It is one of the most difficult and one of the most important workforce management challenges – knowing when it is time to hire a new employee.
While some signs are obvious, such as increased demand for your product or services, other reasons may be more along the line of opportunity and strategic planning for the future.
There are basic signs, analysis and considerations to watch for and weigh, including a full accounting of the many costs that come with a new hire.
Here are some of the basic factors and signs that may tell you a new employee is of need or a necessity:
- Numbers show your revenue is at or above target and you project it to continue. It is important to outline and analyze, what facts or factors can show that this will continue?
- There is a definitive increase in demand for your products or services. What factors assure you that this growth curve will continue?
- Order/service backlog: Watch carefully when this starts, and know your business limit to where backlog will cause complaint or alienation and loss of customers.
Growth and expansion:
- Determine if you or a key employee needs to be freed up from more mundane tasks to pursue more important tasks such as new business acquisition.
- You see a specific opportunity for growth and expansion in your business or industry and need someone to develop that opportunity.
- You need an employee with a specialized level of skill to grow your business.
There can also be direct signs from your workforce, in the office, on the floor or on the books. Employees are complaining about overwhelming workload. Is burn-out around the corner?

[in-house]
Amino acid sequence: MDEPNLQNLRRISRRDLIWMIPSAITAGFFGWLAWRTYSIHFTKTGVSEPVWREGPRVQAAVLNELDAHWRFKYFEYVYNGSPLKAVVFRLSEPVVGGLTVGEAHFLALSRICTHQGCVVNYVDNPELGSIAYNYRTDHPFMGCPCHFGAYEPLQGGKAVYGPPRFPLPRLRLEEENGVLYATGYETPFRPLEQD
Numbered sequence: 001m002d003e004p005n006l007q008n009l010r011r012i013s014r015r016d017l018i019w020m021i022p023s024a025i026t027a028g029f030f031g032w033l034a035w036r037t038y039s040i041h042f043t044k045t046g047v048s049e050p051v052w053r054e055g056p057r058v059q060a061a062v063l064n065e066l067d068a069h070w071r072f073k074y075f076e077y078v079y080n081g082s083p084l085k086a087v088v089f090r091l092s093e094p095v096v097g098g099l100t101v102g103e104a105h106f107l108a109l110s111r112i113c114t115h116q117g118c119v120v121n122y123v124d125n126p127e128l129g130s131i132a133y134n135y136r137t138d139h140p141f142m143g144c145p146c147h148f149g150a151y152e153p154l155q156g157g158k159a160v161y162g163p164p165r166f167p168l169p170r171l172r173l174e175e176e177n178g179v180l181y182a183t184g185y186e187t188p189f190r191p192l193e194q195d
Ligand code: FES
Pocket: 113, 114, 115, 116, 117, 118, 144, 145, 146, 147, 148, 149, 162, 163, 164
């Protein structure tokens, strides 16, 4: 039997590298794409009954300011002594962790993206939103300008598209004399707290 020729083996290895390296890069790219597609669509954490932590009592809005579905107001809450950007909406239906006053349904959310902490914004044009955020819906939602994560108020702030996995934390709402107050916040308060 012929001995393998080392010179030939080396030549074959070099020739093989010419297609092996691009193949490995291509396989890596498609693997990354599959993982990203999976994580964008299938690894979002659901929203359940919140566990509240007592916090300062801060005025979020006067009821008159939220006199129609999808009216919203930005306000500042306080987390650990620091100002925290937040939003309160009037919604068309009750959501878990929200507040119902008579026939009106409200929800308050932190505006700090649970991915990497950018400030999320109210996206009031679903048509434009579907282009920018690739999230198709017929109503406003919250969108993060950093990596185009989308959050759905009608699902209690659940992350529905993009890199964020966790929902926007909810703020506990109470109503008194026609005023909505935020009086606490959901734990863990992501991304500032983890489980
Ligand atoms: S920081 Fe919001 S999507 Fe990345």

Excessive overtime? Concerning payroll, it is costly. Concerning employees, it can also add to workplace burn-out.
Payroll percentage & training:
What amount of revenue will cover the salary (include benefits) of the employee? When calculating, start with month to month then go to yearly. Make sure benefits are factored in properly, as well as training time.
One tip to capitalize in cost of training time is to establish an in house mentoring program to begin as soon as a new hire starts. This will provide ongoing training in a cost-effective way.
Other costs and considerations:
Office space: Will the addition of an employee/employees force you to expand and how much will that affect your expenses?
Type of employment: Full time, part-time or independent contractor? This follows the full understanding of your type of business. For example, is it seasonally driven? Also note that benefits may be the same for many types of employees.
You know your business best. But even if you do, or need solid advice on the hiring factors, research like industries in your area and consult with a professional who can advise you on hiring and expansion.
ShaBro Alternative Office Solutions can help your small business with a variety of HR consulting and office solutions, including business consulting, employee hiring and firing, developing employee handbook/operational manuals, budgeting consulting, bookkeeping services, payroll services and debt collections to help expand and grow your business.